I Want To Be Anonymous In The City

I go to college in a mid-size city; about 200,000 people live here, 25,000 of whom attend the same university I do. I’ve been more than decently content so far: it’s large enough to provide a good amount of entertaining things to do and look at while still maintaining the freedom to walk home at three in the morning without getting mugged (or at least without the absolute guarantee of getting mugged). The city is also decently clean and home to a pretty good art and music scene, which is great for the dying-to-get-out hipster in me. It’s no New York or Chicago, or even St. Louis. It has maybe three museums, and its buses run once every hour. It’s not the big cities’ wider selection of activities and culture, although I would gladly welcome it, that I crave. And although I wish I had better access to public transportation and the ability to commute by foot, I can do without these, too.

What I want from the big city is to be a stranger. I want to walk outside every morning and be anonymous. I don’t want people to know me. Anywhere. It’s not because I don’t like them. It’s because I do like them. I’m too sensitive, too empathetic to be smiled at by people passing by in their cars, as is the custom here in Southern-charm-filled Knoxville. I get emotionally attached to people that give a polite nod or say hello when I’m waiting to cross the street with them; I concoct their life stories in my mind and internalize them; I wonder what their names are, what it would be like to know them, to be their friend. Just today, I passed a woman, a complete stranger, on the street, and she said “hi” to me. She was wearing faded denim shorts, probably cut off from a pair worn in during her teenage years, a loose beige blouse and a straw hat. Her Southern accent told me that her outfit choice was dictated by necessity, to shield herself from the sun and heat of sticky Tennessee summers, and not necessarily by the fashion trends of the moment. And although it was nice to know this about her, once I did, she became a real person. I lost the privilege of making up her life story, forfeited the luxury of remaining a stranger, pleasantly aloof, comfortably foreign.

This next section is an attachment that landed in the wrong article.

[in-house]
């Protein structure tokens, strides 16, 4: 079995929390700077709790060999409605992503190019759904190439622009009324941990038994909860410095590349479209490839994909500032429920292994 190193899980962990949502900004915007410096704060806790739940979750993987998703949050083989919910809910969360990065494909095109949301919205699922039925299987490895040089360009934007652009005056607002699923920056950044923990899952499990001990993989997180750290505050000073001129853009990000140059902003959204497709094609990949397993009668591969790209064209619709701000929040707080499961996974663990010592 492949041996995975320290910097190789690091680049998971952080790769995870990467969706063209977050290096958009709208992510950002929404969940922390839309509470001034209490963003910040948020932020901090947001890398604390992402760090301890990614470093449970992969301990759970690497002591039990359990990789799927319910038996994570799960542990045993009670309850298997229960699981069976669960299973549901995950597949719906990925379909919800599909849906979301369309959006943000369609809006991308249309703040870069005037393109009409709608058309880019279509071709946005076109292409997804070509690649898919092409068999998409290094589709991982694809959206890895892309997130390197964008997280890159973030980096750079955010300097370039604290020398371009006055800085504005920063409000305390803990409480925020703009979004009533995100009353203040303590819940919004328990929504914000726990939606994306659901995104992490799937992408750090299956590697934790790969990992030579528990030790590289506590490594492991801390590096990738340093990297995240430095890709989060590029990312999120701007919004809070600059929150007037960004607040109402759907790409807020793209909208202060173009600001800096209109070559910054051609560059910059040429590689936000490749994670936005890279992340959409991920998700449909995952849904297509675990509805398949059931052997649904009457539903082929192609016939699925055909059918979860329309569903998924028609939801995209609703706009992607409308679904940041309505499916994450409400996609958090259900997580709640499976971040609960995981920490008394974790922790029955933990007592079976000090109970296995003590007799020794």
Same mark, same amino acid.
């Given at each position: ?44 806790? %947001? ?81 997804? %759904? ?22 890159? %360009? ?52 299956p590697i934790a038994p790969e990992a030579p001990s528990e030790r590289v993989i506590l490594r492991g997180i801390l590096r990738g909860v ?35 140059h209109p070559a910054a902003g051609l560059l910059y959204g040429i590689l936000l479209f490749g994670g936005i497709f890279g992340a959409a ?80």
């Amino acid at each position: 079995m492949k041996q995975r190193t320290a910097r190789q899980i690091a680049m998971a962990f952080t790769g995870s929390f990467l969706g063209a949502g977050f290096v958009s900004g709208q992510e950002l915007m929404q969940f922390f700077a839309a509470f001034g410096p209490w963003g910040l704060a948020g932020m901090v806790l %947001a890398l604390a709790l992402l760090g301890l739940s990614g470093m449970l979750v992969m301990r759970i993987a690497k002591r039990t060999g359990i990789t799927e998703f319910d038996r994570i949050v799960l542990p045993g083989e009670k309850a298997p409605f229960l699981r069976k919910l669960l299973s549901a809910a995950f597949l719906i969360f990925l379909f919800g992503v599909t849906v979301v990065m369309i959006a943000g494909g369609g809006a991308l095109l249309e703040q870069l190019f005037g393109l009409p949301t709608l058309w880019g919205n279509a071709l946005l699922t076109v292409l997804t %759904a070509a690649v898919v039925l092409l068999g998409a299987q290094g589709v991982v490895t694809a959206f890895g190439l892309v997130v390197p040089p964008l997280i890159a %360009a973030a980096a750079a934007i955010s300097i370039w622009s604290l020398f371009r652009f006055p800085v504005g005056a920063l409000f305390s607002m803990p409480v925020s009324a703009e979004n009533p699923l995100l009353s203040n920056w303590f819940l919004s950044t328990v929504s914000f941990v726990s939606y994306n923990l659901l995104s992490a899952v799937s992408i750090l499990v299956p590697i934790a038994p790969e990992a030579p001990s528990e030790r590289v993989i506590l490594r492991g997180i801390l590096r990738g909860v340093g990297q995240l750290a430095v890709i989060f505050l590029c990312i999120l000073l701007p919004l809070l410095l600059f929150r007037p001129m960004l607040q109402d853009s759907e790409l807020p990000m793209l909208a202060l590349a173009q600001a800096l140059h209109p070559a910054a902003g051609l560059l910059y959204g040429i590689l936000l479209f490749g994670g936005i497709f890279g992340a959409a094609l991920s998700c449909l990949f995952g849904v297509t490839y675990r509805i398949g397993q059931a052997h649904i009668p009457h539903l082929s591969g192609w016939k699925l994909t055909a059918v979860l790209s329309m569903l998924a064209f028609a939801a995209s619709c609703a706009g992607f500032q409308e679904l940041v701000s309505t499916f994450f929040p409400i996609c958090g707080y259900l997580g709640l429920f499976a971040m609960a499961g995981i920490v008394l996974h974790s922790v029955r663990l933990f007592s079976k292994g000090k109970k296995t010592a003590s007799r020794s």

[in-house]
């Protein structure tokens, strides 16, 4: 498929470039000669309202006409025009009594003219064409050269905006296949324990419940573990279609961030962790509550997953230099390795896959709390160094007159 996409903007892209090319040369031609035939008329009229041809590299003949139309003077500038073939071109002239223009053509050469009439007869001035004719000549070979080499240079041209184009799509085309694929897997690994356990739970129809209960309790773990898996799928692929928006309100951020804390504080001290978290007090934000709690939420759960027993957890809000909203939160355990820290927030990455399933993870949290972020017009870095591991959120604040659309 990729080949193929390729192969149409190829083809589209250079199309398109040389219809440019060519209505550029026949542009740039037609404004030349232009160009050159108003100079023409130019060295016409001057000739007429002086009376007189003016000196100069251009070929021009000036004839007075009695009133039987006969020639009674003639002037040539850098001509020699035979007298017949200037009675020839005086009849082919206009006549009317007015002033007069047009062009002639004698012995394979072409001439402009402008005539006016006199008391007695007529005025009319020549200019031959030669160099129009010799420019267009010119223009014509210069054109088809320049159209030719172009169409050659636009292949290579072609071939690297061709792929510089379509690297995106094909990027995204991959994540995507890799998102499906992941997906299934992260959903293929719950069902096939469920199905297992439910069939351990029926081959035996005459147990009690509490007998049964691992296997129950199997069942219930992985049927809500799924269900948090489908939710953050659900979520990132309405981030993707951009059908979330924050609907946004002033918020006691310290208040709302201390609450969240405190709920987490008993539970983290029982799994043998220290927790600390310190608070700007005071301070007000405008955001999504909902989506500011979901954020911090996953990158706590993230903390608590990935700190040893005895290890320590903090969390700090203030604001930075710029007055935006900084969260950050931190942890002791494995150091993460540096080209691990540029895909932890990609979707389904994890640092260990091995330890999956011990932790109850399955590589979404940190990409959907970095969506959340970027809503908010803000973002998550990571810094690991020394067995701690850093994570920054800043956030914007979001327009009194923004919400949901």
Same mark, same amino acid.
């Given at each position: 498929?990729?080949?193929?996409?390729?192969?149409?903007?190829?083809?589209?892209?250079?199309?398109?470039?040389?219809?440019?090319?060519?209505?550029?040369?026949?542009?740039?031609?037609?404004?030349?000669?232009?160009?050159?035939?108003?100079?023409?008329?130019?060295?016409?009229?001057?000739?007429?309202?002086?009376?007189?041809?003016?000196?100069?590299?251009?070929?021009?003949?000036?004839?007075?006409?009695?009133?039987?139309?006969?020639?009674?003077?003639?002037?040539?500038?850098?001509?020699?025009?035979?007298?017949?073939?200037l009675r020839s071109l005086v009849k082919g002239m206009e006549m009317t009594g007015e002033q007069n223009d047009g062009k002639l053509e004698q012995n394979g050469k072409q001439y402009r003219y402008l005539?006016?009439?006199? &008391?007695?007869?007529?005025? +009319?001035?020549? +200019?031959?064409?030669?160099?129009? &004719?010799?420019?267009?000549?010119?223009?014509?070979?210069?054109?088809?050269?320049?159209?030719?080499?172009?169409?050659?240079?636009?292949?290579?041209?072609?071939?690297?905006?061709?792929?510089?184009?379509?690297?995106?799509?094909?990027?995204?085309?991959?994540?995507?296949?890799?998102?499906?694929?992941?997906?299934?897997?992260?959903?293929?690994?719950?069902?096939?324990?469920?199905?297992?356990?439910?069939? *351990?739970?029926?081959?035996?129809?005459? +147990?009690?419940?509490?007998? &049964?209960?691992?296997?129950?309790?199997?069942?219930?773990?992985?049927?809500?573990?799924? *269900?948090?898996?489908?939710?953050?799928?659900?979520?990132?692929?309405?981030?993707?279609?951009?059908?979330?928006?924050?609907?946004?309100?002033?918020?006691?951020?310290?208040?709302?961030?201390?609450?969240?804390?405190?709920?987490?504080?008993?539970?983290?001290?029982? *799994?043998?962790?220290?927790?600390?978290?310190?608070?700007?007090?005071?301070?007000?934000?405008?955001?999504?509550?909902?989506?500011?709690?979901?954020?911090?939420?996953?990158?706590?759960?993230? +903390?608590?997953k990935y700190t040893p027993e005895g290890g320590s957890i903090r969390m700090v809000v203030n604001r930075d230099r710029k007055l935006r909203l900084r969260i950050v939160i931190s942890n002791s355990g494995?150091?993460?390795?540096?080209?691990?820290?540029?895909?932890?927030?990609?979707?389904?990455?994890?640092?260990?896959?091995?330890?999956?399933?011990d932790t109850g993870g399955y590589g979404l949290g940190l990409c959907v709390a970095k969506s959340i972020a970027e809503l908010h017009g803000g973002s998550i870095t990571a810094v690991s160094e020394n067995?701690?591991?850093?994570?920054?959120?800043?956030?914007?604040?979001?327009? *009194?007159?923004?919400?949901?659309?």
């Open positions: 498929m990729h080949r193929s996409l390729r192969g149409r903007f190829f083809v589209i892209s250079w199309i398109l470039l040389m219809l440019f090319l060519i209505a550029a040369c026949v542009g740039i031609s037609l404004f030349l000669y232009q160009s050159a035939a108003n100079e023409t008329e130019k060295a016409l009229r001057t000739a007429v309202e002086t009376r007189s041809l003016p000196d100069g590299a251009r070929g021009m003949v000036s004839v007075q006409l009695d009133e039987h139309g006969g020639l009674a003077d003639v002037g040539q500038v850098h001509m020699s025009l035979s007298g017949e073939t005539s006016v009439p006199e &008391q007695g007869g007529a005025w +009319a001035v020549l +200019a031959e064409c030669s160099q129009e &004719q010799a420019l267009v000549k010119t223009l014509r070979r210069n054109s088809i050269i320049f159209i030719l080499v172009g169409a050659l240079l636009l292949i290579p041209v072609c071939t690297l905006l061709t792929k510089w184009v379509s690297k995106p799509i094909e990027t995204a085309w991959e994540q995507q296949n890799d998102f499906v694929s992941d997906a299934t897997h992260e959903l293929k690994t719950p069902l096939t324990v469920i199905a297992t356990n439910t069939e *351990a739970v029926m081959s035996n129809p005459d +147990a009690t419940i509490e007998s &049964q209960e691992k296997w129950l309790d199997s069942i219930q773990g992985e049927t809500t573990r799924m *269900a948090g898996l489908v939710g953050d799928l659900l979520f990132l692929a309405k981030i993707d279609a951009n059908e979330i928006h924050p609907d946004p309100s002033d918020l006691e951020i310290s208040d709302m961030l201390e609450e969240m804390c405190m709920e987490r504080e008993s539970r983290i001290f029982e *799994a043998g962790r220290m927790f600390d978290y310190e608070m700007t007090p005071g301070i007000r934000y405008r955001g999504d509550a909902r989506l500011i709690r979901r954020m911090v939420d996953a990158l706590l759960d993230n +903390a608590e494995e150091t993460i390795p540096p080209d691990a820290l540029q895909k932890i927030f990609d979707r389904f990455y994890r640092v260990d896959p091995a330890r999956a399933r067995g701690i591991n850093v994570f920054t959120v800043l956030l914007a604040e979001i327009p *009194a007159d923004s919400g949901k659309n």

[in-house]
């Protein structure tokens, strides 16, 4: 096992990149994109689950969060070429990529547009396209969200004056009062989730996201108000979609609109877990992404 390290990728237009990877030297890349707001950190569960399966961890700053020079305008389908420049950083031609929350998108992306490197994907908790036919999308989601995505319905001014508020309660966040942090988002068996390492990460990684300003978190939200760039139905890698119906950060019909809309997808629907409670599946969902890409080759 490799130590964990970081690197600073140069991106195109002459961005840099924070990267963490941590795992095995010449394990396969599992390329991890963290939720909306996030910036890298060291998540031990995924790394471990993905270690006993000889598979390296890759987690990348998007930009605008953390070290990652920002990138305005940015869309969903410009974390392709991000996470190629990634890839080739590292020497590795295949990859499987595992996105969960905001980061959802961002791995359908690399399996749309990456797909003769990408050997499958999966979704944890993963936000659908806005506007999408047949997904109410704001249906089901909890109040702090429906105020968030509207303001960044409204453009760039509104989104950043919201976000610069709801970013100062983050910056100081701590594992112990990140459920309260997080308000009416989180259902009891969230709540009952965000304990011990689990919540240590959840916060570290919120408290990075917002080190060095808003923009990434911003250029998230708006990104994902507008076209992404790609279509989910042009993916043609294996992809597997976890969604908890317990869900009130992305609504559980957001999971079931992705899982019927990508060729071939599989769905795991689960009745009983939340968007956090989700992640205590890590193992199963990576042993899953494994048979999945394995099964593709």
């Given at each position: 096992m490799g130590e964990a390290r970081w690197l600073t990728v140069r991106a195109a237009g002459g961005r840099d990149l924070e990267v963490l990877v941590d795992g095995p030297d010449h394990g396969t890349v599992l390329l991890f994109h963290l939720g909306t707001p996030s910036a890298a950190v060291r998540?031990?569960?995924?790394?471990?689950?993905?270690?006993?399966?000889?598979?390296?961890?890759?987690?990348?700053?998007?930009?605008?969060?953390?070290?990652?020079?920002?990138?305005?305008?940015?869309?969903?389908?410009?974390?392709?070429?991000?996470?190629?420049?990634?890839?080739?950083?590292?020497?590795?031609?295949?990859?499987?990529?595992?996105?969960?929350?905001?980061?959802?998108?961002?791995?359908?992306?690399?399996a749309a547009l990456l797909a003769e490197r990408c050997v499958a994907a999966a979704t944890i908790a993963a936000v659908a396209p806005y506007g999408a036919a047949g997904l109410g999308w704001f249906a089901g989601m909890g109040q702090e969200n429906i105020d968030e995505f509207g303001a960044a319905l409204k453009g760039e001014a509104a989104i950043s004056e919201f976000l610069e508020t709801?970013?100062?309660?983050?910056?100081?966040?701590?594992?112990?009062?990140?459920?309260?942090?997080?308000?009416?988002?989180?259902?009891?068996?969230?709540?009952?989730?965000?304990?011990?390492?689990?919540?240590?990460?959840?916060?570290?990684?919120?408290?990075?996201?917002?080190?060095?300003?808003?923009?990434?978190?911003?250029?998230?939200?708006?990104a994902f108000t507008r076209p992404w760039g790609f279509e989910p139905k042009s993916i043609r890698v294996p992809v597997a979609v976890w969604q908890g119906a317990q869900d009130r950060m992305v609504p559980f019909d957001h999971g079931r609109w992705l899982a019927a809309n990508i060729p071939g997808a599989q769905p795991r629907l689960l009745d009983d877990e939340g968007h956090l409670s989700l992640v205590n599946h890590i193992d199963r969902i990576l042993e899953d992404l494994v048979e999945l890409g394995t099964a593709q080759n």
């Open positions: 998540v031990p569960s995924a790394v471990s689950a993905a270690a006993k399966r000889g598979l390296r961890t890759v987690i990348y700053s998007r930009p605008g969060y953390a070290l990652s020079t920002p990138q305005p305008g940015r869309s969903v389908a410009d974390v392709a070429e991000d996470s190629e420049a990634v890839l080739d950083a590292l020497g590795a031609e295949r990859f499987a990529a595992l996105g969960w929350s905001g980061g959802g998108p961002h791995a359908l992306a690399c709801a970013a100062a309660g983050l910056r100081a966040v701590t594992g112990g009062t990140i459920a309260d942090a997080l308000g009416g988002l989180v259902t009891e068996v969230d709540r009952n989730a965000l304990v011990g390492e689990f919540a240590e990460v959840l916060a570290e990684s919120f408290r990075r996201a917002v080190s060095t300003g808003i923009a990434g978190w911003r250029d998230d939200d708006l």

It’s this separation from others’ souls that makes the everyday bearable by leaving me unburdened, free of the emotional baggage, real or imaginary (most often both), of others that I choose to carry. This is why I long for the big city. I want to look at strangers all day long, and I want them to remain strangers until I choose otherwise. I don’t want to know who they are. Not because I don’t care about them, but because I do. Because when they tell me their name and where they’re from, I’ll want to know more, know everything. But that won’t happen; all that will remain of them in my head is an abbreviated biography and a blurry thumbnail photo, half-reality, half-constructed by my mind’s eye. And this is disappointing.

Sometimes I separate myself from other people by connecting to the city itself, at least the physical aspect of it. I walk on the road, in the gutter, hearing the cars go whooshing past me, or clanking past me, or blaring music past me. I love the mixed smells of exhaust and cigarette butts. I want to hold on to these things; I want them to surround me; I want to walk down the street for long enough that all the people turn into objects, too. Even me. I want to be a thing. I don’t want to be hit on by a handful of frat boys blasting rap out of their SUV, only to later see them on campus. If you’re going to hit on me, I want to be able to pretend that you’ll never forget me, the image of me walking down the sidewalk, my hair blowing in the wind, whatever. This is selfish, and I hate that I think it. But I do, and I don’t want to run into you and remember who you are, when you have no idea who I am.